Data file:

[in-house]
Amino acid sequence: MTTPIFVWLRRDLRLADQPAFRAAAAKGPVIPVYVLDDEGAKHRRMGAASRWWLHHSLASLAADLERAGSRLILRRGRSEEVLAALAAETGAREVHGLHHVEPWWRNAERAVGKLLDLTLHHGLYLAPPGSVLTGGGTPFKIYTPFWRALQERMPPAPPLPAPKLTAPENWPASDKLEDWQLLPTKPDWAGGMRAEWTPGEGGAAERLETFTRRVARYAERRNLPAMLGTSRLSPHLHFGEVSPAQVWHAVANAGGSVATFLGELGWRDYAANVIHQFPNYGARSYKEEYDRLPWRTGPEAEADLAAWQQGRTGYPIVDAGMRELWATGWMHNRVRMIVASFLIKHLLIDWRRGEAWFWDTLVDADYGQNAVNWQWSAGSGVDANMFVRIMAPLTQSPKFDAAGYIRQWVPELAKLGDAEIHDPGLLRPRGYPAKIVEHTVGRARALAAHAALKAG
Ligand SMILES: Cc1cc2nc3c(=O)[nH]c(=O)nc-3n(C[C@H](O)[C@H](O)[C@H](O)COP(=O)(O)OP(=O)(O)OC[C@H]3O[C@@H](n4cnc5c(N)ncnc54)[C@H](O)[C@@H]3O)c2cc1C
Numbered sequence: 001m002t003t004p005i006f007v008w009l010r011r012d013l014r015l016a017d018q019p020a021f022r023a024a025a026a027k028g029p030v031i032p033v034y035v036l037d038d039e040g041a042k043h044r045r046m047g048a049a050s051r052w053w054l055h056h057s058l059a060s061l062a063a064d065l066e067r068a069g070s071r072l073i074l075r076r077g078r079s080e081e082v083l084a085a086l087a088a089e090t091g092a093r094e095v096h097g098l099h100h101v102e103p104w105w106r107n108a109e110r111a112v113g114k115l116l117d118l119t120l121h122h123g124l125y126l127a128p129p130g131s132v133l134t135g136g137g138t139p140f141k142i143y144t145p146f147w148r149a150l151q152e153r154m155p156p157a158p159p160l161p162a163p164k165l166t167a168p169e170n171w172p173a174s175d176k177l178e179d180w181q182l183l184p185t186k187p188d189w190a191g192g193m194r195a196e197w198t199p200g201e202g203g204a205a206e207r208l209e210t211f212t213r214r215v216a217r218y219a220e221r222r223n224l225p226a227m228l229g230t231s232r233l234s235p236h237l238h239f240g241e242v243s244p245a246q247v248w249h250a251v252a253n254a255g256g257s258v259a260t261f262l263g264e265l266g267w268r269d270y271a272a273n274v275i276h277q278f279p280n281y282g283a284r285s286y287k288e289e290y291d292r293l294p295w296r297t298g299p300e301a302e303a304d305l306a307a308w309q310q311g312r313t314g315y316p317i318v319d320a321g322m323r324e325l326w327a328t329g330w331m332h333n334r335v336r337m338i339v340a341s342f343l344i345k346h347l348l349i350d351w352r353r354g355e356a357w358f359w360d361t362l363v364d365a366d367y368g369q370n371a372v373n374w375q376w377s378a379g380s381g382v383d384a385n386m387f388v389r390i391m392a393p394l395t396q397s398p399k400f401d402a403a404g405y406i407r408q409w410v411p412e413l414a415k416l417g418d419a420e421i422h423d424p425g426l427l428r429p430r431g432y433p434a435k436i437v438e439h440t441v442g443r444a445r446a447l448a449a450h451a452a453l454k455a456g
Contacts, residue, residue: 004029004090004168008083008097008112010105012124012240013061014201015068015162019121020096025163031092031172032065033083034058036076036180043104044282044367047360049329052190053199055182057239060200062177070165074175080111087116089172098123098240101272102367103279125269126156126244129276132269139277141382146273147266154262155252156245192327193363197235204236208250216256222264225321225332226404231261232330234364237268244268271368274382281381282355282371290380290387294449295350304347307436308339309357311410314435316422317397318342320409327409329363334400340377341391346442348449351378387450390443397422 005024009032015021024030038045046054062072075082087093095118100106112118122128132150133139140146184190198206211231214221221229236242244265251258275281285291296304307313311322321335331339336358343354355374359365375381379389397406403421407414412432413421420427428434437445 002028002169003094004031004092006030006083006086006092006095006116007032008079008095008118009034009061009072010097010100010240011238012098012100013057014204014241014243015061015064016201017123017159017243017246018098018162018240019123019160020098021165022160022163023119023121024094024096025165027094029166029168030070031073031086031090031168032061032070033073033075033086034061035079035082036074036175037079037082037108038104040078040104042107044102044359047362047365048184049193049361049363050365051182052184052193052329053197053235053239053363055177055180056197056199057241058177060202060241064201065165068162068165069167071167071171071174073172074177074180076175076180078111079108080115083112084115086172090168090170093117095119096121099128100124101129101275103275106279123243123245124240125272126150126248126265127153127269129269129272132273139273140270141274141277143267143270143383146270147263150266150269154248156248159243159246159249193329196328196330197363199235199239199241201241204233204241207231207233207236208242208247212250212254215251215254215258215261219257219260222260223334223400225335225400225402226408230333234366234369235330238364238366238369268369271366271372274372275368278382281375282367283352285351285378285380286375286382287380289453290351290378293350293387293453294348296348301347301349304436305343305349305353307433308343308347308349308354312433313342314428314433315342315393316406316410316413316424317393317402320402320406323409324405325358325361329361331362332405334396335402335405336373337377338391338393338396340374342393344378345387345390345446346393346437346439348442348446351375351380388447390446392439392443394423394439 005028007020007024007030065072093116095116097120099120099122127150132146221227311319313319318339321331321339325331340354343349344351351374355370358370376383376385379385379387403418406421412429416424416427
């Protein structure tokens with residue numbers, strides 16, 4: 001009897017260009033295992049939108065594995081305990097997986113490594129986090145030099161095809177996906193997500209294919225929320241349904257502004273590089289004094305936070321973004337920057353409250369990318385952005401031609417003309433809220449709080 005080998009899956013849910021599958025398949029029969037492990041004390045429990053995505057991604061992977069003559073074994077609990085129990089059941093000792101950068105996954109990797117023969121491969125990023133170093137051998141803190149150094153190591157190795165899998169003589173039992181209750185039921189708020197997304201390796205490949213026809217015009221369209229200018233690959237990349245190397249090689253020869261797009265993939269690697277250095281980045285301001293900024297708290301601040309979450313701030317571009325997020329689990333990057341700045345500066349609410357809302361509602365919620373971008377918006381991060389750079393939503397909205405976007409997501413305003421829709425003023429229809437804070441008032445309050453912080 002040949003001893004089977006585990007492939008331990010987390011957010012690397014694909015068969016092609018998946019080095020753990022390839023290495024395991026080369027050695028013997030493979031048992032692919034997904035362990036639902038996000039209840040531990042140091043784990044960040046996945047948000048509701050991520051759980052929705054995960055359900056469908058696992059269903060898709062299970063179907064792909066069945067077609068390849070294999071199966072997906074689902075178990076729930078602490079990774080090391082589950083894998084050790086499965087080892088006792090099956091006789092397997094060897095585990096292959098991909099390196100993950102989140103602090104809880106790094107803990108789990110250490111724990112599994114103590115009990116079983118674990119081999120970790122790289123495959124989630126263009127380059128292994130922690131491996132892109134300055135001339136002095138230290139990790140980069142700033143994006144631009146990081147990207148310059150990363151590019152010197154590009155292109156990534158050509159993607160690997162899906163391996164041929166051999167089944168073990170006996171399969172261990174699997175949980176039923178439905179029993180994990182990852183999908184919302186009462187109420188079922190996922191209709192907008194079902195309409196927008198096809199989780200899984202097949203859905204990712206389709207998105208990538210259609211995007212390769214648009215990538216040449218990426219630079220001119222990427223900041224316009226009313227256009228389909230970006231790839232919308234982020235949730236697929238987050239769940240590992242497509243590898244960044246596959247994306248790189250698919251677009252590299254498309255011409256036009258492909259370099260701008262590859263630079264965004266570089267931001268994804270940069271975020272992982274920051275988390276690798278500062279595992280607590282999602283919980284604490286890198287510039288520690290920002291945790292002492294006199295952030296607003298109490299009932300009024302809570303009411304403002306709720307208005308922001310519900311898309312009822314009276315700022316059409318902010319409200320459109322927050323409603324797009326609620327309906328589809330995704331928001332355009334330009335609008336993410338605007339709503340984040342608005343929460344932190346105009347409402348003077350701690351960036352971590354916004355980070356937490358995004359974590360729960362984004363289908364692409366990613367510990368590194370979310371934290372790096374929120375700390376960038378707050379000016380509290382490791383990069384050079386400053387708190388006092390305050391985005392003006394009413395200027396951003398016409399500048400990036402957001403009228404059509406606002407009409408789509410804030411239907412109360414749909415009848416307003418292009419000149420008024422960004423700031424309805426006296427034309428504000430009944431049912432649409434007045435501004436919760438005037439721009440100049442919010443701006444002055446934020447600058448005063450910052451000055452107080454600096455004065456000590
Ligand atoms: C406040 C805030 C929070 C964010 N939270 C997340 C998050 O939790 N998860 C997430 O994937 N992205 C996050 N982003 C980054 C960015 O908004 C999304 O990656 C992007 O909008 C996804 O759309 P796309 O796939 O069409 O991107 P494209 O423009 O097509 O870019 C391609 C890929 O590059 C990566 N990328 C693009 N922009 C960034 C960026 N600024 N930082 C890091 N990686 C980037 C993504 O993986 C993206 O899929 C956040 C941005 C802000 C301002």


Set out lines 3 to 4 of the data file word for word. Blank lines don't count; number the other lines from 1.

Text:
Ligand SMILES: Cc1cc2nc3c(=O)[nH]c(=O)nc-3n(C[C@H](O)[C@H](O)[C@H](O)COP(=O)(O)OP(=O)(O)OC[C@H]3O[C@@H](n4cnc5c(N)ncnc54)[C@H](O)[C@@H]3O)c2cc1C
Numbered sequence: 001m002t003t004p005i006f007v008w009l010r011r012d013l014r015l016a017d018q019p020a021f022r023a024a025a026a027k028g029p030v031i032p033v034y035v036l037d038d039e040g041a042k043h044r045r046m047g048a049a050s051r052w053w054l055h056h057s058l059a060s061l062a063a064d065l066e067r068a069g070s071r072l073i074l075r076r077g078r079s080e081e082v083l084a085a086l087a088a089e090t091g092a093r094e095v096h097g098l099h100h101v102e103p104w105w106r107n108a109e110r111a112v113g114k115l116l117d118l119t120l121h122h123g124l125y126l127a128p129p130g131s132v133l134t135g136g137g138t139p140f141k142i143y144t145p146f147w148r149a150l151q152e153r154m155p156p157a158p159p160l161p162a163p164k165l166t167a168p169e170n171w172p173a174s175d176k177l178e179d180w181q182l183l184p185t186k187p188d189w190a191g192g193m194r195a196e197w198t199p200g201e202g203g204a205a206e207r208l209e210t211f212t213r214r215v216a217r218y219a220e221r222r223n224l225p226a227m228l229g230t231s232r233l234s235p236h237l238h239f240g241e242v243s244p245a246q247v248w249h250a251v252a253n254a255g256g257s258v259a260t261f262l263g264e265l266g267w268r269d270y271a272a273n274v275i276h277q278f279p280n281y282g283a284r285s286y287k288e289e290y291d292r293l294p295w296r297t298g299p300e301a302e303a304d305l306a307a308w309q310q311g312r313t314g315y316p317i318v319d320a321g322m323r324e325l326w327a328t329g330w331m332h333n334r335v336r337m338i339v340a341s342f343l344i345k346h347l348l349i350d351w352r353r354g355e356a357w358f359w360d361t362l363v364d365a366d367y368g369q370n371a372v373n374w375q376w377s378a379g380s381g382v383d384a385n386m387f388v389r390i391m392a393p394l395t396q397s398p399k400f401d402a403a404g405y406i407r408q409w410v411p412e413l414a415k416l417g418d419a420e421i422h423d424p425g426l427l428r429p430r431g432y433p434a435k436i437v438e439h440t441v442g443r444a445r446a447l448a449a450h451a452a453l454k455a456g